Maryam Rostampour and Marziyeh Amirizadeh spent a harrowing eight months in one of Iran's most notorious prisons because of their Christian faith. Born and raised as Muslims, both women grew unsatisfied with the teachings of the Koran and converted to Christianity after personal encounters with Jesus.
Sensing a call from God, Marziyeh and Maryam spent several years in Tehran passing out Bibles and talking about Jesus. They were arrested in 2009 for promoting Christianity, and were ordered to renounce their faith or face execution. Refusing to turn from Christ, the women spent almost a year in the women's ward of Evin Prison, where they saw the harsh effects of Islamic law on women and, consequently, found hearts that were open to the hope of Jesus.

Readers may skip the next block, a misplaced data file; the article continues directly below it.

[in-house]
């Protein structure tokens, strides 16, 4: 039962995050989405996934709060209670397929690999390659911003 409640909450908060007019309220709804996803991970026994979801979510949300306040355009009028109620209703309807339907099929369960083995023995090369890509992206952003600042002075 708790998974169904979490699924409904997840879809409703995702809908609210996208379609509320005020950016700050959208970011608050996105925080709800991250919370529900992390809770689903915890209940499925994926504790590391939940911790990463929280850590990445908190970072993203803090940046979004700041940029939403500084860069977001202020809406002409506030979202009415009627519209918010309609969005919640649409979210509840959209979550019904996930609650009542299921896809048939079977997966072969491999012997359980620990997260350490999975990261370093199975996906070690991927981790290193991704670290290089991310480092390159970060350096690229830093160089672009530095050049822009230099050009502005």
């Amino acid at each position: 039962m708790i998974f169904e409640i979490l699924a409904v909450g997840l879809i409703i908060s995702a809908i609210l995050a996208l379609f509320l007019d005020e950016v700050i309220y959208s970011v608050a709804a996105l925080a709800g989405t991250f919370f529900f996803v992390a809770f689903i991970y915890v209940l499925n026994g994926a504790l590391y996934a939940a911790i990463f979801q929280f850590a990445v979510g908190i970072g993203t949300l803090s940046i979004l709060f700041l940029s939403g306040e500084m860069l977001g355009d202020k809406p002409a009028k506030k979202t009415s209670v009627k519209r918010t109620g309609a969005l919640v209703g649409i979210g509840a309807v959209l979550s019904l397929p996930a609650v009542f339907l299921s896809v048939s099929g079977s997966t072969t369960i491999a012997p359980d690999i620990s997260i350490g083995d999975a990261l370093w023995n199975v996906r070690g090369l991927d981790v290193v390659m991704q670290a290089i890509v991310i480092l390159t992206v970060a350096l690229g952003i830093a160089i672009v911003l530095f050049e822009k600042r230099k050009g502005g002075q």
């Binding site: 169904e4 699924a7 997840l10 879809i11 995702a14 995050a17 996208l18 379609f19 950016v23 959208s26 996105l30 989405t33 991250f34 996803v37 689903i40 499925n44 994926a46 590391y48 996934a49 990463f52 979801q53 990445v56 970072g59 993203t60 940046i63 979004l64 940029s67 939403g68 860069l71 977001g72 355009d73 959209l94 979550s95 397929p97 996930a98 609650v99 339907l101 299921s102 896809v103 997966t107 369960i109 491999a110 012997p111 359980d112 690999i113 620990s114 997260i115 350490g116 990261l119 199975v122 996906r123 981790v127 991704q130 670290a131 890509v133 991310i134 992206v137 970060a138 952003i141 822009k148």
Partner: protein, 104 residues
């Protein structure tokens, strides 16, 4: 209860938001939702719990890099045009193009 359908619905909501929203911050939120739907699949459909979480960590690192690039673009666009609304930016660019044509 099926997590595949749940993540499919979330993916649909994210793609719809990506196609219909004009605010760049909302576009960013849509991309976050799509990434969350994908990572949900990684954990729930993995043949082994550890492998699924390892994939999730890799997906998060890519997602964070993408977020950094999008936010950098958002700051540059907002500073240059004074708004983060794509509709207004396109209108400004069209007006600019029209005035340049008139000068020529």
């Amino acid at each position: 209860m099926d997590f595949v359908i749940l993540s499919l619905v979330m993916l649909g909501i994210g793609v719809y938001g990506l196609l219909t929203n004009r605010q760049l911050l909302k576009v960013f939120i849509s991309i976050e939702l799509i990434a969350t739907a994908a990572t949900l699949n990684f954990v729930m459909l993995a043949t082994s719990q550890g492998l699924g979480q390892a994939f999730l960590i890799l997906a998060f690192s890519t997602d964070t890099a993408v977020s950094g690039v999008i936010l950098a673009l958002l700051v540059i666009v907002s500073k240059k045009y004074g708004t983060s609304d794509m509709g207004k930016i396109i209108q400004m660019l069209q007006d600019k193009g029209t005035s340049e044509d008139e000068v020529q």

After international pressure from the United Nations, Amnesty International, and other human rights groups, the women were released in November 2009. They left Iran to continue ministry through writing and speaking in the United States, and they are currently seeking U.S. citizenship while living near Atlanta, Georgia. Freelance reporter Sarah Eekhoff Zylstra spoke with both women about their memoir, Captive in Iran: A Remarkable True Story of Hope and Triumph Amid the Horror of Tehran's Brutal Evin Prison (Tyndale Momentum).
For several years you passed out Bibles and talked about Jesus in Iran, which is illegal there. Was it inevitable that you would be arrested and imprisoned?